You should see some of the others.
The world has already seen the equivalent of a nuclear war, between 1945 and 1963. “What?” you say? There was no nuclear war then.
It was not a war in the classic sense, but rather a war of testing. Over 500 atmospheric tests were conducted in those years, releasing an estimated 10 tons of plutonium into the atmosphere, not to mention tons of other radioactive isotopes, some of which (such as Cesium 137 and Strontium 90) are still around (Craig and Jungerman, Nuclear Arms Race, 32-3).
Many of these tests were “colonial” enterprises, by the way, exploiting other nations for the sake of Western research. This includes the US testing in the Marshall Islands, including the 1954 Castle Bravo radiological disaster and Project 4.1 study of the victims. This is a personal matter to me because I taught high school in the Marshall Islands for two years. Exploitation of the weak for the sake of the strong is evil, and it makes me angry.
Only with the Limited Test Ban Treaty in 1963 did atmospheric testing *mostly* stop (not all nations, i.e. France, immediately signed on to the treaty).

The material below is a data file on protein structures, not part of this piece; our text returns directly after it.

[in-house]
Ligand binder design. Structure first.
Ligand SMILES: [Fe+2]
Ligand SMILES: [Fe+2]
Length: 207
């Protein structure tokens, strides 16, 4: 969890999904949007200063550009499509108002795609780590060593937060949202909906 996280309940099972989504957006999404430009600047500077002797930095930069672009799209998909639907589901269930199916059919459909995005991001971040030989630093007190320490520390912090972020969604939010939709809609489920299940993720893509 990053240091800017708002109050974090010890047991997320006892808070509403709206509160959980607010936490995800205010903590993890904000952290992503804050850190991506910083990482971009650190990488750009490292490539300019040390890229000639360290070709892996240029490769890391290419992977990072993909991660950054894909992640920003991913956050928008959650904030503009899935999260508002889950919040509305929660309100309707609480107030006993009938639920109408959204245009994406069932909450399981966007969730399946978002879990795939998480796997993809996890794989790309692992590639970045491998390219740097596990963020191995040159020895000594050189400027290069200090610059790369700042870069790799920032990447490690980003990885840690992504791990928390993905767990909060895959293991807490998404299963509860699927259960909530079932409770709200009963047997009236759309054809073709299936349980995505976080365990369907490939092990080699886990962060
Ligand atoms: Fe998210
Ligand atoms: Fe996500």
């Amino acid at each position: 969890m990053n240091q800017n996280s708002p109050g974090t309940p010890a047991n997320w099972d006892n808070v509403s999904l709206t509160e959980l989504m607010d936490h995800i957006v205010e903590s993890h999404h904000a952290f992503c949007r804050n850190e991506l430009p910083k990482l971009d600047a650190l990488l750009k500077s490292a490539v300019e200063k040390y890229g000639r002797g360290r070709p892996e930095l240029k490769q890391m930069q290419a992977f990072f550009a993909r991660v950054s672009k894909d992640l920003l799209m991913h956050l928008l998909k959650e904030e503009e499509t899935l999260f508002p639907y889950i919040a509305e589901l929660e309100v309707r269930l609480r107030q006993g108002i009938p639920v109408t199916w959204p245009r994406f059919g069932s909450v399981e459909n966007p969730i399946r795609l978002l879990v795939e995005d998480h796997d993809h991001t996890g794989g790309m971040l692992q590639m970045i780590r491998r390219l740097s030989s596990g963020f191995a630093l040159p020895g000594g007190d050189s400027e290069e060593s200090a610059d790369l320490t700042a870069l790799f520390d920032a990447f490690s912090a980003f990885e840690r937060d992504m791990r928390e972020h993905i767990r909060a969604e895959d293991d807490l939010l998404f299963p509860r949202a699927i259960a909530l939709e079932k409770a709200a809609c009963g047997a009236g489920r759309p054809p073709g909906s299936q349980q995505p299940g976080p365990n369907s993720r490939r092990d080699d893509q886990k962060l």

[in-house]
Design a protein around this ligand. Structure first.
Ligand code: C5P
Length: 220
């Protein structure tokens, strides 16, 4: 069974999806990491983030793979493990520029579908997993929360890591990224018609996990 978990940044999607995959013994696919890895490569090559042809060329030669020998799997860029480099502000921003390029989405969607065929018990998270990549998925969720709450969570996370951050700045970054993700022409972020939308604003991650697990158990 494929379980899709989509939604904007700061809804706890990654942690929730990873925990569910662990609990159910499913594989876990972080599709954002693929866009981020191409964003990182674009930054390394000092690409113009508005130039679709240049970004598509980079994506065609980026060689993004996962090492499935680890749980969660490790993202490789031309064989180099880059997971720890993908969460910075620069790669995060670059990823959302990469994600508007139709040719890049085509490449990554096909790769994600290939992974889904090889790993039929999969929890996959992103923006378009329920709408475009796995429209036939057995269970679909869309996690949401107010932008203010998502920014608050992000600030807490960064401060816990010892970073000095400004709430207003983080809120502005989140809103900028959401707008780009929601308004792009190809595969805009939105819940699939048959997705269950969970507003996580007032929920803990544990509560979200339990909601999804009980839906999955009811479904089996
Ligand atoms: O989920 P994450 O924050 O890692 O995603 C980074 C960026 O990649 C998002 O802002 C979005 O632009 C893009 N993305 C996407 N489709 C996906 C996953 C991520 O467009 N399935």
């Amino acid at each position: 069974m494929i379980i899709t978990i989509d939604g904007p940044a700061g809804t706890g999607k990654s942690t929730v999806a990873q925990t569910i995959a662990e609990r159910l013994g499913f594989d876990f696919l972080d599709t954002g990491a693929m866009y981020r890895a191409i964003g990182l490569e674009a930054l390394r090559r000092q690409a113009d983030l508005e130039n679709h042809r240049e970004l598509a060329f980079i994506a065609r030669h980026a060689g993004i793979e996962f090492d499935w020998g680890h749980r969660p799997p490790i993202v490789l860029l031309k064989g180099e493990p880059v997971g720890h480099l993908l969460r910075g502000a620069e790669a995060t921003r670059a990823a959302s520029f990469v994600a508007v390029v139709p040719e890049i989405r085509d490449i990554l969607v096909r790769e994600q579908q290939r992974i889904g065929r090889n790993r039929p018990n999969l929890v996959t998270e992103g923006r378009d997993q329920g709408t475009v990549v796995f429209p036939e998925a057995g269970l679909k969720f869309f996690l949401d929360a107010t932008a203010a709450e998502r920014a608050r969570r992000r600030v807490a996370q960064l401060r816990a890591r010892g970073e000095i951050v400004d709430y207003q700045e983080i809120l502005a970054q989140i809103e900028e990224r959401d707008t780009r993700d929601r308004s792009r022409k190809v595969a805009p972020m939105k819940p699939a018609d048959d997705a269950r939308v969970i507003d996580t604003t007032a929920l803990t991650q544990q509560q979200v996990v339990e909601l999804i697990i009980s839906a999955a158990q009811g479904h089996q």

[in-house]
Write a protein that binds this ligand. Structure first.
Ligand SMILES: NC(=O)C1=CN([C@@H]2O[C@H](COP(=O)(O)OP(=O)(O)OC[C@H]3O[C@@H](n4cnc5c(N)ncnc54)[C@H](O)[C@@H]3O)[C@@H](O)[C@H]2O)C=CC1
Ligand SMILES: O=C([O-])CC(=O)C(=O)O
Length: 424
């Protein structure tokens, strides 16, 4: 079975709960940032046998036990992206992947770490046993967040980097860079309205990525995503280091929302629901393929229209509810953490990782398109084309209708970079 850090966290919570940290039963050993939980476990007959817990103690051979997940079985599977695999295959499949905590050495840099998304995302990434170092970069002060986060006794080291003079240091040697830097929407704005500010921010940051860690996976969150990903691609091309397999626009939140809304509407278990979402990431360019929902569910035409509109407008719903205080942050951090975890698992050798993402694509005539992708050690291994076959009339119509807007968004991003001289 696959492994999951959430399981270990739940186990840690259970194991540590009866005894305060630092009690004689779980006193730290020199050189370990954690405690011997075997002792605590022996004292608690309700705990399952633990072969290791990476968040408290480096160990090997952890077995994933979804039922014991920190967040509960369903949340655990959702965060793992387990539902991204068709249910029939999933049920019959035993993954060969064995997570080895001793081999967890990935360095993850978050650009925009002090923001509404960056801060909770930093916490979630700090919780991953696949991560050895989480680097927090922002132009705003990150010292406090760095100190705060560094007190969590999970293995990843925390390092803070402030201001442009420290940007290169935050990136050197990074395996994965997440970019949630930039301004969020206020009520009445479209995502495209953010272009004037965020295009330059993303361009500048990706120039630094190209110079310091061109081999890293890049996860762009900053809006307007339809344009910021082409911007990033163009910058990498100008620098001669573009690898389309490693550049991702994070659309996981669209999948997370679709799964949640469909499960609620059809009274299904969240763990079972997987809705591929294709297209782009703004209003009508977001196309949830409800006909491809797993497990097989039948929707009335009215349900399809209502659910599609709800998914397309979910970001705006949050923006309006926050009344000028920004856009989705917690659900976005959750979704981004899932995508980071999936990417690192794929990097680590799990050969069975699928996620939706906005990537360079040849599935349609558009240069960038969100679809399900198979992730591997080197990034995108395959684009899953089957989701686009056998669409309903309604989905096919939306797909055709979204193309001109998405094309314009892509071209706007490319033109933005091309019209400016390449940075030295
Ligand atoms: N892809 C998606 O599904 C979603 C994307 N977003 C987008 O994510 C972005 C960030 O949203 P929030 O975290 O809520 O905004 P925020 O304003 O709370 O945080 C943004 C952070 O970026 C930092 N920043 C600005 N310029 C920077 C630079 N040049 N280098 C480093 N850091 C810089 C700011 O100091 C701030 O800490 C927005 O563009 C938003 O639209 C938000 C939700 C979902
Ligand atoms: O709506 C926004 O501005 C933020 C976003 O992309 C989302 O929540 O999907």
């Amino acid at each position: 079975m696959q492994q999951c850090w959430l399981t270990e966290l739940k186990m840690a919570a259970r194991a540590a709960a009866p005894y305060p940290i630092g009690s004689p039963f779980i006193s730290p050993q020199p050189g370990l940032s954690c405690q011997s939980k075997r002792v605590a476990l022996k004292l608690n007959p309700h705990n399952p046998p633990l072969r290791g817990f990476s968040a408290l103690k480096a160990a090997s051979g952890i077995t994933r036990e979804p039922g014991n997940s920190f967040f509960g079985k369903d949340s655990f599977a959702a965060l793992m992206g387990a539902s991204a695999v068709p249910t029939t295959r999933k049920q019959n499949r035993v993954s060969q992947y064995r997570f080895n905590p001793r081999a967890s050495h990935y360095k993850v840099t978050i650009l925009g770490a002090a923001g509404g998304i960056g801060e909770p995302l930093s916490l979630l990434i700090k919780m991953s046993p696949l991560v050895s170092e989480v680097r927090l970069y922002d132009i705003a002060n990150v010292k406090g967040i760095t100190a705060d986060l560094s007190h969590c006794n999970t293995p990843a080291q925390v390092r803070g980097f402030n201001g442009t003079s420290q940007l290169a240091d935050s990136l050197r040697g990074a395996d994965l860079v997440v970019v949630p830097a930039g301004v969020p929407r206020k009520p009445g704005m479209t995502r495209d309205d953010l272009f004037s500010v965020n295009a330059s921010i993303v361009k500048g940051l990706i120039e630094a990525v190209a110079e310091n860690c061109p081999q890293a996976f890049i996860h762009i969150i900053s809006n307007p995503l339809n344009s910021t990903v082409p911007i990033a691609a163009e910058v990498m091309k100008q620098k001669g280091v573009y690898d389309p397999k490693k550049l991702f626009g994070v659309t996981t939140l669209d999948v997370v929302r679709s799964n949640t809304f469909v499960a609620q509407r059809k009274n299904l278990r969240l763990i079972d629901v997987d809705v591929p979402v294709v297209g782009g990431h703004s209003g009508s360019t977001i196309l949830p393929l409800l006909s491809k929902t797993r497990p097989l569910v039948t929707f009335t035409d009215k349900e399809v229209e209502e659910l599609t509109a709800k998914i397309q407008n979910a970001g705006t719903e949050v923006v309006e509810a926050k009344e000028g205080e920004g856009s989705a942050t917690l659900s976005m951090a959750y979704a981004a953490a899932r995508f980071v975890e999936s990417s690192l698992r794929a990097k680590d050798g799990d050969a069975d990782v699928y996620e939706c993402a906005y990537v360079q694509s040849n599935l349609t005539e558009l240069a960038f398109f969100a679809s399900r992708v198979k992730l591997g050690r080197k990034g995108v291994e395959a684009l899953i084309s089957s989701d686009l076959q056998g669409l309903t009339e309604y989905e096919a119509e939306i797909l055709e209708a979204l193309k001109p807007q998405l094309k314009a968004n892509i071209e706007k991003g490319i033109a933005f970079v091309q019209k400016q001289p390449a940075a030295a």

The radiation release in Japan is insignificant compared to the fallout from those 18 years of atmospheric testing. That doesn’t mean the current event at Fukushima lacks ethical significance – it is still very significant because it displays lack of foresight and human hubris in the face of nature, among other things. But in terms of the magnitude of fallout, it is very small.
This video gives a sense of the insane levels of “testing” that have been done of the sake of nuclear weaponry. Watch it and you will see what has already happened.
We are effectively all the survivors or descendants of survivors of a nuclear war that occurred between 1945 and 1963. We are alive. We are a bit cancerous and mutated, perhaps, but alive nonetheless. Needless to say, contaminating the planet with grotesque mutagens for the sake of threatening the apocalypse was a morally bad thing. The Cold War turned out non-apocalyptically, but it still wasn’t good. And these weapons are still around, and proliferating.